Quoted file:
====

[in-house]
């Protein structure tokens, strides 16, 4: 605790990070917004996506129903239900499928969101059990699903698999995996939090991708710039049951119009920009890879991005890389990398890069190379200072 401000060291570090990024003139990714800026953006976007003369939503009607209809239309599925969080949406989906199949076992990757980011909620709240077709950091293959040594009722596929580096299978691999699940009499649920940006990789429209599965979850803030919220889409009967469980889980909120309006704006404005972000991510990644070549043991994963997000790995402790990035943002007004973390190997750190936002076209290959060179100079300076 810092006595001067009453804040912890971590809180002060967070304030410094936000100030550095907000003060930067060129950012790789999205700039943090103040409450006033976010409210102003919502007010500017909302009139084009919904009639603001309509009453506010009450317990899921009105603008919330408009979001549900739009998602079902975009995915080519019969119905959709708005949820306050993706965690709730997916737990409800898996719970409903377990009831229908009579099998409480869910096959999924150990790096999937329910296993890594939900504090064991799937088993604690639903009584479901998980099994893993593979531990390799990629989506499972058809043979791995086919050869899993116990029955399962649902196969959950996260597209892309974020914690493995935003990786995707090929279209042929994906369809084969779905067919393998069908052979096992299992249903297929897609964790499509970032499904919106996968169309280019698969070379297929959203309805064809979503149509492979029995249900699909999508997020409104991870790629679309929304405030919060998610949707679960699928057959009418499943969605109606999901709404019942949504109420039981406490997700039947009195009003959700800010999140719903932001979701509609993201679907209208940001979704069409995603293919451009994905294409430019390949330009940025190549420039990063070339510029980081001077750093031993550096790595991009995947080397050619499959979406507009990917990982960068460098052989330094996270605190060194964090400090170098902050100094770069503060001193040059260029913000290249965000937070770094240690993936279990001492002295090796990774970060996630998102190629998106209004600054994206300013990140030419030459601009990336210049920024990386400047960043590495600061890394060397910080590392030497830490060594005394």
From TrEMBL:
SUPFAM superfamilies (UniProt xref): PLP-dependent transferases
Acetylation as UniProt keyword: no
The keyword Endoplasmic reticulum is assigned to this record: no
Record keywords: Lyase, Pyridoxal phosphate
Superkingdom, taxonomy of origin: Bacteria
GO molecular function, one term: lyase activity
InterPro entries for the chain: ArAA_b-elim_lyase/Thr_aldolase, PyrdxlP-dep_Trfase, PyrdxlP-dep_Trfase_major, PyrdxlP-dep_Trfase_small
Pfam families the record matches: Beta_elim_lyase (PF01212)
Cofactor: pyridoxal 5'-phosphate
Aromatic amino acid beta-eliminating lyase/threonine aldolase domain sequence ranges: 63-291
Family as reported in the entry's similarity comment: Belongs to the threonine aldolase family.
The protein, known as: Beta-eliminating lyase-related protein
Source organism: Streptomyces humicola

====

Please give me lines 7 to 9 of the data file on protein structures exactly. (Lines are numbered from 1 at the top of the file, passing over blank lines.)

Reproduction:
Record keywords: Lyase, Pyridoxal phosphate
Superkingdom, taxonomy of origin: Bacteria
GO molecular function, one term: lyase activity